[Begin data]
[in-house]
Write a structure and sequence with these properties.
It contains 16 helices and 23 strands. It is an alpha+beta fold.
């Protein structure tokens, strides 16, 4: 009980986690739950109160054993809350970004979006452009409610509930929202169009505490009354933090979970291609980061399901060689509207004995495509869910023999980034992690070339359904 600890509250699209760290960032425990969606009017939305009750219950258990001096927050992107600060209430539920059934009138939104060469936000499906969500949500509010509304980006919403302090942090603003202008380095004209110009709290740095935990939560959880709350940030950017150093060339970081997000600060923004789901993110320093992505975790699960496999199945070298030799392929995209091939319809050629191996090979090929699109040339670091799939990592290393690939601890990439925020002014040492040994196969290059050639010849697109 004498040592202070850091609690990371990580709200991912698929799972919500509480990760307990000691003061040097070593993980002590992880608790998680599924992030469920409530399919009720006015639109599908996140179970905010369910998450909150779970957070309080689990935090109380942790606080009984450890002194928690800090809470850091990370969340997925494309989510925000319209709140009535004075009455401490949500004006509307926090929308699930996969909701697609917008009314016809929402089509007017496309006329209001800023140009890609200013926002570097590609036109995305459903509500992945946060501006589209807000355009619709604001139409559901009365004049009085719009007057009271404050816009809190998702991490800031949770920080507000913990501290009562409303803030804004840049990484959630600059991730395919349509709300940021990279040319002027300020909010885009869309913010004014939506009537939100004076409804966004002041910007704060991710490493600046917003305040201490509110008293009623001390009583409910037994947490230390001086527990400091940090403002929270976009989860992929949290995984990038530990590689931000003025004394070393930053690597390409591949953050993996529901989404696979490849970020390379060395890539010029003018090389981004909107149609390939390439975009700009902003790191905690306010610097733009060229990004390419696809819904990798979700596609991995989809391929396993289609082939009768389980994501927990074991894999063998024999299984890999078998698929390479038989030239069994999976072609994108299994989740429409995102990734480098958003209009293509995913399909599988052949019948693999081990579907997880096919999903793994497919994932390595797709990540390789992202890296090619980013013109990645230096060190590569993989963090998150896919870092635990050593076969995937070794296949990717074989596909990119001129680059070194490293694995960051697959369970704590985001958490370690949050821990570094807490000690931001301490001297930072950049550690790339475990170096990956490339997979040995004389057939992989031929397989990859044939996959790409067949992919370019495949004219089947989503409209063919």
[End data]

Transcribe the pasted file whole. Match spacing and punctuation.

[in-house]
Write a structure and sequence with these properties.
It contains 16 helices and 23 strands. It is an alpha+beta fold.
């Protein structure tokens, strides 16, 4: 009980986690739950109160054993809350970004979006452009409610509930929202169009505490009354933090979970291609980061399901060689509207004995495509869910023999980034992690070339359904 600890509250699209760290960032425990969606009017939305009750219950258990001096927050992107600060209430539920059934009138939104060469936000499906969500949500509010509304980006919403302090942090603003202008380095004209110009709290740095935990939560959880709350940030950017150093060339970081997000600060923004789901993110320093992505975790699960496999199945070298030799392929995209091939319809050629191996090979090929699109040339670091799939990592290393690939601890990439925020002014040492040994196969290059050639010849697109 004498040592202070850091609690990371990580709200991912698929799972919500509480990760307990000691003061040097070593993980002590992880608790998680599924992030469920409530399919009720006015639109599908996140179970905010369910998450909150779970957070309080689990935090109380942790606080009984450890002194928690800090809470850091990370969340997925494309989510925000319209709140009535004075009455401490949500004006509307926090929308699930996969909701697609917008009314016809929402089509007017496309006329209001800023140009890609200013926002570097590609036109995305459903509500992945946060501006589209807000355009619709604001139409559901009365004049009085719009007057009271404050816009809190998702991490800031949770920080507000913990501290009562409303803030804004840049990484959630600059991730395919349509709300940021990279040319002027300020909010885009869309913010004014939506009537939100004076409804966004002041910007704060991710490493600046917003305040201490509110008293009623001390009583409910037994947490230390001086527990400091940090403002929270976009989860992929949290995984990038530990590689931000003025004394070393930053690597390409591949953050993996529901989404696979490849970020390379060395890539010029003018090389981004909107149609390939390439975009700009902003790191905690306010610097733009060229990004390419696809819904990798979700596609991995989809391929396993289609082939009768389980994501927990074991894999063998024999299984890999078998698929390479038989030239069994999976072609994108299994989740429409995102990734480098958003209009293509995913399909599988052949019948693999081990579907997880096919999903793994497919994932390595797709990540390789992202890296090619980013013109990645230096060190590569993989963090998150896919870092635990050593076969995937070794296949990717074989596909990119001129680059070194490293694995960051697959369970704590985001958490370690949050821990570094807490000690931001301490001297930072950049550690790339475990170096990956490339997979040995004389057939992989031929397989990859044939996959790409067949992919370019495949004219089947989503409209063919």